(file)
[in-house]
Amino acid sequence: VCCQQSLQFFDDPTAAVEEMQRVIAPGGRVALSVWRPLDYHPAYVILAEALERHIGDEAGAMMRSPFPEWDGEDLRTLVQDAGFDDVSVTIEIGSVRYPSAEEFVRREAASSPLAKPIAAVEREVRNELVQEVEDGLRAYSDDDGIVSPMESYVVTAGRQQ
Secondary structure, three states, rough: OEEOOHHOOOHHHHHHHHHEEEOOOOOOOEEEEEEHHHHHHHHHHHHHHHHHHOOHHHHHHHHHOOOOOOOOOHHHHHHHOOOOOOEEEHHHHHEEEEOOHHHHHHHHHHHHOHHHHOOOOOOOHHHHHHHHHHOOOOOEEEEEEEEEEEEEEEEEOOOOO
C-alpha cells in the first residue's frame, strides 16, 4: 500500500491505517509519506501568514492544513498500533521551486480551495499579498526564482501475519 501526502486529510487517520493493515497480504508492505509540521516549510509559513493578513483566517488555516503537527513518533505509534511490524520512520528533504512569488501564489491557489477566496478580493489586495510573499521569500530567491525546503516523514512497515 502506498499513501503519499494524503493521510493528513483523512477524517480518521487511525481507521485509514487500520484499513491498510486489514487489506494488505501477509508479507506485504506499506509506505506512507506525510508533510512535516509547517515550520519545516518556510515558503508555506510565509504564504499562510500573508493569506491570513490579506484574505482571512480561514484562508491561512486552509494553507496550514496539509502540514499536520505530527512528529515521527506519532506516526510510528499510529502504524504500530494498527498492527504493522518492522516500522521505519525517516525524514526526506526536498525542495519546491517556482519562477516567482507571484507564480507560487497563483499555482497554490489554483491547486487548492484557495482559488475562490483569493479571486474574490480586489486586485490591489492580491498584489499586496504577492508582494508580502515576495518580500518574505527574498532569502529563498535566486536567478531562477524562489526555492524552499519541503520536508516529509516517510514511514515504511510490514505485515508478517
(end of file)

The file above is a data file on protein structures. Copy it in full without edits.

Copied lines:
[in-house]
Amino acid sequence: VCCQQSLQFFDDPTAAVEEMQRVIAPGGRVALSVWRPLDYHPAYVILAEALERHIGDEAGAMMRSPFPEWDGEDLRTLVQDAGFDDVSVTIEIGSVRYPSAEEFVRREAASSPLAKPIAAVEREVRNELVQEVEDGLRAYSDDDGIVSPMESYVVTAGRQQ
Secondary structure, three states, rough: OEEOOHHOOOHHHHHHHHHEEEOOOOOOOEEEEEEHHHHHHHHHHHHHHHHHHOOHHHHHHHHHOOOOOOOOOHHHHHHHOOOOOOEEEHHHHHEEEEOOHHHHHHHHHHHHOHHHHOOOOOOOHHHHHHHHHHOOOOOEEEEEEEEEEEEEEEEEOOOOO
C-alpha cells in the first residue's frame, strides 16, 4: 500500500491505517509519506501568514492544513498500533521551486480551495499579498526564482501475519 501526502486529510487517520493493515497480504508492505509540521516549510509559513493578513483566517488555516503537527513518533505509534511490524520512520528533504512569488501564489491557489477566496478580493489586495510573499521569500530567491525546503516523514512497515 502506498499513501503519499494524503493521510493528513483523512477524517480518521487511525481507521485509514487500520484499513491498510486489514487489506494488505501477509508479507506485504506499506509506505506512507506525510508533510512535516509547517515550520519545516518556510515558503508555506510565509504564504499562510500573508493569506491570513490579506484574505482571512480561514484562508491561512486552509494553507496550514496539509502540514499536520505530527512528529515521527506519532506516526510510528499510529502504524504500530494498527498492527504493522518492522516500522521505519525517516525524514526526506526536498525542495519546491517556482519562477516567482507571484507564480507560487497563483499555482497554490489554483491547486487548492484557495482559488475562490483569493479571486474574490480586489486586485490591489492580491498584489499586496504577492508582494508580502515576495518580500518574505527574498532569502529563498535566486536567478531562477524562489526555492524552499519541503520536508516529509516517510514511514515504511510490514505485515508478517